Peek behind the scenes as documentary examines ‘Costco Craze’
April 24, 2012
Issaquah-based Costco sells $4 billion in produce, almost $2 billion in televisions, 55 million rotisserie chickens, 2.6 billion gallons of gasoline and 3 million pairs of eyeglasses each year.
The largest warehouse club chain on the planet is the subject of a CNBC documentary, “The Costco Craze: Inside the Warehouse Giant,” scheduled to debut April 26.
Costco, as the largest employer in Issaquah, employs about 2,700 people in corporate offices and at the flagship warehouse in Pickering Place.
What to know
‘The Costco Craze: Inside the Warehouse Giant’
Carl Quintanilla examines how Costco expanded to 600 stores and $93 billion in annual sales by attracting affluent customers and shoppers on a budget. The documentary also explores the “Costco Effect” — the tendency of Costco members to succumb to discounts and buy more than expected.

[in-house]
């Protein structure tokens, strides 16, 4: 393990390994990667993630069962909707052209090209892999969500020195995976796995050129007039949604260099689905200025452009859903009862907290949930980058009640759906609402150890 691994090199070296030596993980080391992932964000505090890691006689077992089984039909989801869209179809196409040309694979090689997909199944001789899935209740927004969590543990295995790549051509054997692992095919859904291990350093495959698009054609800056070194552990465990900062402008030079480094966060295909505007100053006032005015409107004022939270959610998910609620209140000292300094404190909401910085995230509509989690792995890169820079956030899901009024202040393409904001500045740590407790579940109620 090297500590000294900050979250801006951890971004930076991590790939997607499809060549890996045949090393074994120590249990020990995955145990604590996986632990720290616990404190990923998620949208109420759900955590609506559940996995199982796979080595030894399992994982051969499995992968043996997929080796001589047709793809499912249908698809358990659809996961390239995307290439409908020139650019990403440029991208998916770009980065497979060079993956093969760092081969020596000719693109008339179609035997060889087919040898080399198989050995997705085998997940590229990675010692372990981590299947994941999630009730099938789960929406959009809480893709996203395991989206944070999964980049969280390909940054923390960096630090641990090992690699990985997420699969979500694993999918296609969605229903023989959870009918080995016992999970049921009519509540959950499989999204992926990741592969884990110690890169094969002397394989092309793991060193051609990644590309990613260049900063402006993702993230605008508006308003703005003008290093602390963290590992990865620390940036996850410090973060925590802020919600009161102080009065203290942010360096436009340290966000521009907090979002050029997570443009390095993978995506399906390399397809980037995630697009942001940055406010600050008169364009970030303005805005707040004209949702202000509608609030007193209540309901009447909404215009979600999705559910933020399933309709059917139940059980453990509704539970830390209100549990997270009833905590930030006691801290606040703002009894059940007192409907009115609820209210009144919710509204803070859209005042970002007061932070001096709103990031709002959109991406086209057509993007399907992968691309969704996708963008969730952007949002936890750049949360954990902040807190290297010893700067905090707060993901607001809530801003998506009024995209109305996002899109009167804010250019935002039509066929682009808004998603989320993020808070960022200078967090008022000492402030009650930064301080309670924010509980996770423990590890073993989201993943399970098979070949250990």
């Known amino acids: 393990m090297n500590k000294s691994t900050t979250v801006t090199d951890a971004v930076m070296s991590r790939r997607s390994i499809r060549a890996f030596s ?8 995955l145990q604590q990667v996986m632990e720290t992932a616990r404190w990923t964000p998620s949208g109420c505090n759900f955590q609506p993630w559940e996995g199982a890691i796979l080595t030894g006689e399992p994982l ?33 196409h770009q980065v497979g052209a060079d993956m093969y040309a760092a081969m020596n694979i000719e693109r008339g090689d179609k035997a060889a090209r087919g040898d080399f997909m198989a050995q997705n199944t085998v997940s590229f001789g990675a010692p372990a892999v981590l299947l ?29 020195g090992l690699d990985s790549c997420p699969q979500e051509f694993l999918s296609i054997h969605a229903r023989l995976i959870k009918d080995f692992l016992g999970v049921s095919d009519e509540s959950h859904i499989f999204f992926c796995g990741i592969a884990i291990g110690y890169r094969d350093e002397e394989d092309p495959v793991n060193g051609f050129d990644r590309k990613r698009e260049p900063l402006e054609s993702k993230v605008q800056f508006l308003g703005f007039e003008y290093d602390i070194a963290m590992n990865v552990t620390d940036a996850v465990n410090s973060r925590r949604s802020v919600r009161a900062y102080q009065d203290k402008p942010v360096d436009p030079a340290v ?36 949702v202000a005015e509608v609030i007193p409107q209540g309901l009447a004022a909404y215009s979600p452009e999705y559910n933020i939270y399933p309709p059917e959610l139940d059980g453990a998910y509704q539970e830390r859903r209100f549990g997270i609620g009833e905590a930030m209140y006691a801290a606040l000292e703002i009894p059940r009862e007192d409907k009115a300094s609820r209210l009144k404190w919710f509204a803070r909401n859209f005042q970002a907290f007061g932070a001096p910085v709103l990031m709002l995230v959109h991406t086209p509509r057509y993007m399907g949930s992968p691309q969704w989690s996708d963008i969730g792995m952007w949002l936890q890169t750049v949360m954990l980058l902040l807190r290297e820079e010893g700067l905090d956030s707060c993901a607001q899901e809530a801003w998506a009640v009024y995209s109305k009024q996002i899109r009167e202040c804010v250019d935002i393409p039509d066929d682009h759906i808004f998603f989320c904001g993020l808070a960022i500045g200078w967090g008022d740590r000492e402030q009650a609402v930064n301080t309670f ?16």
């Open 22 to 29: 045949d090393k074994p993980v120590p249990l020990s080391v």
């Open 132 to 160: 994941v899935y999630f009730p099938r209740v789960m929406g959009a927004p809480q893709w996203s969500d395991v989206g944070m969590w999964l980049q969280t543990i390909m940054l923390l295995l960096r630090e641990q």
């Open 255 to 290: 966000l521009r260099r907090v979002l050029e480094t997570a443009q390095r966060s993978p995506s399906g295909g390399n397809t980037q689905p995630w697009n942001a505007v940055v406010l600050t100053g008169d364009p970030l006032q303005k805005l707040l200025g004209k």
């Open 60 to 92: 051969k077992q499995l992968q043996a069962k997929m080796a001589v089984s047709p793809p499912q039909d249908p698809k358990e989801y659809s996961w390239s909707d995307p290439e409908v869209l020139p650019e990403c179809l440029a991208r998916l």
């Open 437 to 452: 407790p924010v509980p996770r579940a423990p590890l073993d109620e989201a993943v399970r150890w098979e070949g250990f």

The documentary introduces viewers to 76-year-old Costco cofounder and former CEO Jim Sinegal. Quintanilla joins Sinegal on a marathon, multistore tour.
Craig Jelinek succeeded Sinegal as Costco CEO in January.
In Issaquah, a daily parade of anxious vendors trek to Costco headquarters to show off wares.
The company headquarters relocated from Kirkland to Issaquah in 1996 — hence the Kirkland Signature name on store-brand products.
CNBC follows the chain’s head toy buyer through the intense process of narrowing down more than 1,000 toys to a handful.
Viewers also meet Costco wine buyer Annette Alvarez-Peters, a global force in the wine industry. Costco is the top importer of high-end French wines on the globe.
Though Costco sells a broad array of items — luxury purses, Swiss watches, dog food — the best-selling item is toilet paper. The warehouse giant sells more than 1 billion rolls each year, or enough to wrap around the Earth 1,200 times.